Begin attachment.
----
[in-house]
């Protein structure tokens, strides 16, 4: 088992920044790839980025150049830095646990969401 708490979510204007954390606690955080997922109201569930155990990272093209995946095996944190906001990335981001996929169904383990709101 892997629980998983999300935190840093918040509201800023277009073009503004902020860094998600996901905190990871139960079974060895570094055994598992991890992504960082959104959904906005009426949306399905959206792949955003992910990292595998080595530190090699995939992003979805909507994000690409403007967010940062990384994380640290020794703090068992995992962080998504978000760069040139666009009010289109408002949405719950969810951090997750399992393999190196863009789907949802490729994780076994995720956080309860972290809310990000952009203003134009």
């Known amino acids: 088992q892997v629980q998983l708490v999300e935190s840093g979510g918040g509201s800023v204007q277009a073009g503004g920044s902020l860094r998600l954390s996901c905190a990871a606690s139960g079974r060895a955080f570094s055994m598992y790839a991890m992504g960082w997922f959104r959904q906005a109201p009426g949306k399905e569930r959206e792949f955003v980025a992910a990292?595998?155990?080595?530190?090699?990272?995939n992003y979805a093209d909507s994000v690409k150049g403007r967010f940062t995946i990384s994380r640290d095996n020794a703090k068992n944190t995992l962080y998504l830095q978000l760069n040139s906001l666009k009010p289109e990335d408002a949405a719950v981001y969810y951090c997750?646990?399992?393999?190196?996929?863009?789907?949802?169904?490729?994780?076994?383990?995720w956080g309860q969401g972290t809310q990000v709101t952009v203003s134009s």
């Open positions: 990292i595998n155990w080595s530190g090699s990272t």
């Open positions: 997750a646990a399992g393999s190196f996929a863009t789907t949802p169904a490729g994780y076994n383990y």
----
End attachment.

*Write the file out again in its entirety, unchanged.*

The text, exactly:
[in-house]
């Protein structure tokens, strides 16, 4: 088992920044790839980025150049830095646990969401 708490979510204007954390606690955080997922109201569930155990990272093209995946095996944190906001990335981001996929169904383990709101 892997629980998983999300935190840093918040509201800023277009073009503004902020860094998600996901905190990871139960079974060895570094055994598992991890992504960082959104959904906005009426949306399905959206792949955003992910990292595998080595530190090699995939992003979805909507994000690409403007967010940062990384994380640290020794703090068992995992962080998504978000760069040139666009009010289109408002949405719950969810951090997750399992393999190196863009789907949802490729994780076994995720956080309860972290809310990000952009203003134009």
């Known amino acids: 088992q892997v629980q998983l708490v999300e935190s840093g979510g918040g509201s800023v204007q277009a073009g503004g920044s902020l860094r998600l954390s996901c905190a990871a606690s139960g079974r060895a955080f570094s055994m598992y790839a991890m992504g960082w997922f959104r959904q906005a109201p009426g949306k399905e569930r959206e792949f955003v980025a992910a990292?595998?155990?080595?530190?090699?990272?995939n992003y979805a093209d909507s994000v690409k150049g403007r967010f940062t995946i990384s994380r640290d095996n020794a703090k068992n944190t995992l962080y998504l830095q978000l760069n040139s906001l666009k009010p289109e990335d408002a949405a719950v981001y969810y951090c997750?646990?399992?393999?190196?996929?863009?789907?949802?169904?490729?994780?076994?383990?995720w956080g309860q969401g972290t809310q990000v709101t952009v203003s134009s």
């Open positions: 990292i595998n155990w080595s530190g090699s990272t």
């Open positions: 997750a646990a399992g393999s190196f996929a863009t789907t949802p169904a490729g994780y076994n383990y």